Leadership is not for wimps.
Nor for anyone who is trying to make a name for herself or make a fortune. Instead, being a leader involves serving and nudging others to do their best.
My husband and I own a group of small businesses.
We work hard, and we try to incorporate the qualities of a good leader as we work with our employees, associates and the freelancers we hire.
Recently, he and I began attending a mastermind group composed of other small business owners. The meetings are stunning and mind-opening. After each meeting, we are encouraged and challenged to integrate better leadership into our day-to-day work.
Each business person in our mastermind group owns a business extremely different from the other businesses. We work in areas related to writing, speaking and publishing, but the other owners have businesses that range from sales, service, environmental management, logistics and the custom rebuilding of high-end collector cars and boats. What a mix!
Yet we found common ground because (1) we are all believers and follow Jesus with all our hearts while we are running our businesses, and (2) we all want to be better leaders.
What I’ve learned in these meetings has surprised and confronted me.
I thought I knew a lot about leadership because I have led for years, and I’ve read many books on the topic.
Some of what I learned in our group sent me back to the basics, and some of these new skills have taken me to a new level of thinking.
For example, I know communication is important, but one member of our group told us how he intentionally schedules phone calls to employees each month. These calls are less about the employee’s job performance and more about the person’s life.
I realized that I almost always communicate with remote employees and freelancers by email and almost always about business. The next day I called a person who is a strategic part of our team and simply talked. Now I understand why this kind of communication is so valuable — for the employee and for me.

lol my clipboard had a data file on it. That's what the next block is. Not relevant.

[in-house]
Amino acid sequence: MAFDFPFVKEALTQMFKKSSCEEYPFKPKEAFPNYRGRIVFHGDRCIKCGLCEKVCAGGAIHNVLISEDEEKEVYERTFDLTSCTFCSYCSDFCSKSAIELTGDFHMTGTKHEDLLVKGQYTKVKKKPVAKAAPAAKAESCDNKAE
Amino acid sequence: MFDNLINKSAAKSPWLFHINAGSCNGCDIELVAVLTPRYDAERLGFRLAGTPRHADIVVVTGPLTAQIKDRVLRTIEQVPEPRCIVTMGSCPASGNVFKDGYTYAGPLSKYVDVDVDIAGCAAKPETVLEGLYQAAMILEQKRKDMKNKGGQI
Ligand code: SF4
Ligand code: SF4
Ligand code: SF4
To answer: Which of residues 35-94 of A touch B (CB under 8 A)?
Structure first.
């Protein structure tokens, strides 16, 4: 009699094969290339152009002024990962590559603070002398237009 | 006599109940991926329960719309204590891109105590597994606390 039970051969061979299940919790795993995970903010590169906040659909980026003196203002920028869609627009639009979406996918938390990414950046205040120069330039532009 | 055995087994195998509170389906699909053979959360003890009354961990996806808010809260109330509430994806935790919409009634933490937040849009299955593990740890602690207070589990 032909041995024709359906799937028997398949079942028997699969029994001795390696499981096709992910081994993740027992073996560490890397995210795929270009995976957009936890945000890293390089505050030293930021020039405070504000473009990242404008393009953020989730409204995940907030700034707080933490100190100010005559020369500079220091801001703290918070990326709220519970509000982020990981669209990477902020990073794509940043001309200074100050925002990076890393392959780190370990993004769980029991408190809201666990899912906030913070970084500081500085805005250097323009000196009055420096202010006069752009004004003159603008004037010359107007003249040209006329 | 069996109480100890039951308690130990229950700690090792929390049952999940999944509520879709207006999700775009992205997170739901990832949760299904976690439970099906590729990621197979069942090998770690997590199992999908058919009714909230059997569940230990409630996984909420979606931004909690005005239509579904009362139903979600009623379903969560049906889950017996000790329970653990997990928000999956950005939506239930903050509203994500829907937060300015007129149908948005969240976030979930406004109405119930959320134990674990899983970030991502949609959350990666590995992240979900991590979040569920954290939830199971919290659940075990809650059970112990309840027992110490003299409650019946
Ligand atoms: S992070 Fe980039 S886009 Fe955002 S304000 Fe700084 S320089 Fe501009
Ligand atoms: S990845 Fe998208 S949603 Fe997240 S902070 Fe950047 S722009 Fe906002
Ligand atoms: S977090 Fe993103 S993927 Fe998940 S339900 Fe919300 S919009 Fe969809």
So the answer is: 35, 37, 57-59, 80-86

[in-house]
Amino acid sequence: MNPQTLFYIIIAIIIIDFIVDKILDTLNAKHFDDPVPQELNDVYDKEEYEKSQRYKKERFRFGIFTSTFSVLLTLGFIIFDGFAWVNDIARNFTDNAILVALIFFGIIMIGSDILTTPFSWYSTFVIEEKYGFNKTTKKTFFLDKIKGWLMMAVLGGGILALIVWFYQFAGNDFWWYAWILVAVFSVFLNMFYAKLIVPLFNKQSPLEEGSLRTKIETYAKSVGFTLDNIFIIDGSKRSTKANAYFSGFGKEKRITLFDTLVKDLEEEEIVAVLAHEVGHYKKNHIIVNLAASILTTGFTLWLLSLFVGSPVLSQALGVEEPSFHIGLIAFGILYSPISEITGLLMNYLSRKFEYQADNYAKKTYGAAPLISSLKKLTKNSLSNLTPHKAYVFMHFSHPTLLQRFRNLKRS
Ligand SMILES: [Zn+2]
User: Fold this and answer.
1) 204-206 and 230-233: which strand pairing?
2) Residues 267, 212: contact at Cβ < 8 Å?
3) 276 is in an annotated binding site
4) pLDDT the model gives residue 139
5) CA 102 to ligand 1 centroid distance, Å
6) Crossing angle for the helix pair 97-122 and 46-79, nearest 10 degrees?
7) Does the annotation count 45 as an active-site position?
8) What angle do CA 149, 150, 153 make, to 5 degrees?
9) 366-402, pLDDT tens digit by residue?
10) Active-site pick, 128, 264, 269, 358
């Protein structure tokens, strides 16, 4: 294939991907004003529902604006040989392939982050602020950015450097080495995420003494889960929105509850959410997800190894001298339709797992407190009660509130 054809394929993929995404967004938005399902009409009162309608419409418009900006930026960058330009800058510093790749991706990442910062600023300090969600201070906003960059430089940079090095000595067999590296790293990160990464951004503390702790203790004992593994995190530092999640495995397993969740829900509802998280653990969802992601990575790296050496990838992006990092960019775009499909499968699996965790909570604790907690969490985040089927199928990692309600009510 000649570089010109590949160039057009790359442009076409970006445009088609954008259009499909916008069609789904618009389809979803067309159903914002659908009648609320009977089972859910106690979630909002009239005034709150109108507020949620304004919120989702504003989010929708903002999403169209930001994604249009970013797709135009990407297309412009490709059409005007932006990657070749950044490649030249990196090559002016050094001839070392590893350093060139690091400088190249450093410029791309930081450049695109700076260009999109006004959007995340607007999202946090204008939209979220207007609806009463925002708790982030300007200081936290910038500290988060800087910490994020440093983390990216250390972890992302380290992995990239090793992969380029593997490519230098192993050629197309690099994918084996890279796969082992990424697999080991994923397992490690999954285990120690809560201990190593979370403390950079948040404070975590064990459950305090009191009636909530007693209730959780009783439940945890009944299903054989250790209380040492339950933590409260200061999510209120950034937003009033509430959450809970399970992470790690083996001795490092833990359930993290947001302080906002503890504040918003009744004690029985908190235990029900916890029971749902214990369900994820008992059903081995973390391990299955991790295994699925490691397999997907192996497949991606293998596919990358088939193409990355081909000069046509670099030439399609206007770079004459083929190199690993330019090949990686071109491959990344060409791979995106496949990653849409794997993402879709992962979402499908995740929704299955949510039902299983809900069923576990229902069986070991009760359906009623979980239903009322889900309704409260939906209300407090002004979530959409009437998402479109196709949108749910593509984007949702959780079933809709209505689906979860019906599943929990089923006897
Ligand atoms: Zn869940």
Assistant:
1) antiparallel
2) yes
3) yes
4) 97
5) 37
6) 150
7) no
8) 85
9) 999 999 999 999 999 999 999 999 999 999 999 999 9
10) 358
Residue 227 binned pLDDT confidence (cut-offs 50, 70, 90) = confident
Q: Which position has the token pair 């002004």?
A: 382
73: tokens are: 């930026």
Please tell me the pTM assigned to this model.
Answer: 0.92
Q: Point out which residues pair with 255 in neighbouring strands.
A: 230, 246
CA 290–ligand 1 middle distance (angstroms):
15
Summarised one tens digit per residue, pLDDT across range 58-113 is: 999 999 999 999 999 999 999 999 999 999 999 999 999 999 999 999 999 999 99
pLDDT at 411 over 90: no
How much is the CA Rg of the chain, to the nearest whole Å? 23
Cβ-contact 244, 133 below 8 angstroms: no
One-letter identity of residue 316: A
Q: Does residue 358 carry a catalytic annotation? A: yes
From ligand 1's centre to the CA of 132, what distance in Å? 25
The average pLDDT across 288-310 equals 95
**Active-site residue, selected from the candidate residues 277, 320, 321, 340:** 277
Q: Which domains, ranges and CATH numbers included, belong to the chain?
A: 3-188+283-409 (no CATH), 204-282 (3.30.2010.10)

Another example is how we can redefine our image of a successful leader and take our leadership to a new level as we follow Jesus.
Let’s look at some of those traits and attitudes we should redefine. I’ll start with some characteristics that are strong in my life.
First. I am a hard worker.
I’m not sure if I inherited a hard-work DNA marker from my industrious father or if by the bent of personality, I am a worker bee. I love work. It satisfies me, and I love the feeling of a job is well done. I’ve considered this worker trait to be an asset, and if I’m honest and truthful, I admit a source of pride.
But through the conversations in our mastermind group, I discovered that the opposite of a hard worker isn’t lazy as I thought — the opposite is availability.
Do I work so hard that I am unavailable?
As leaders we must redefine our leadership by asking the question: Am I considered a hard worker or am I considered available?
Second. I would like for our businesses to be profitable.
Of course, I do. And I’m sure you want to be financially successful and responsible too, whether you are working for profit or managing a budget. When I consider the opposite of making money, my internal antonym is “poor.” But in God’s economy and in the realm of good leadership, the opposite of getting rich is being generous. Why do I want to have money? Is the answer that I want what money can buy or because I want to be a generous giver?
Now it’s your turn to redefine successful leadership.
Try your hand at the list below. I would love to hear your answers in the exercise below. Email me at firstname.lastname@example.org.
And remember, this kind of leadership is not for wimps!
We think leadership is vs God’s definition:
Hard Work ____________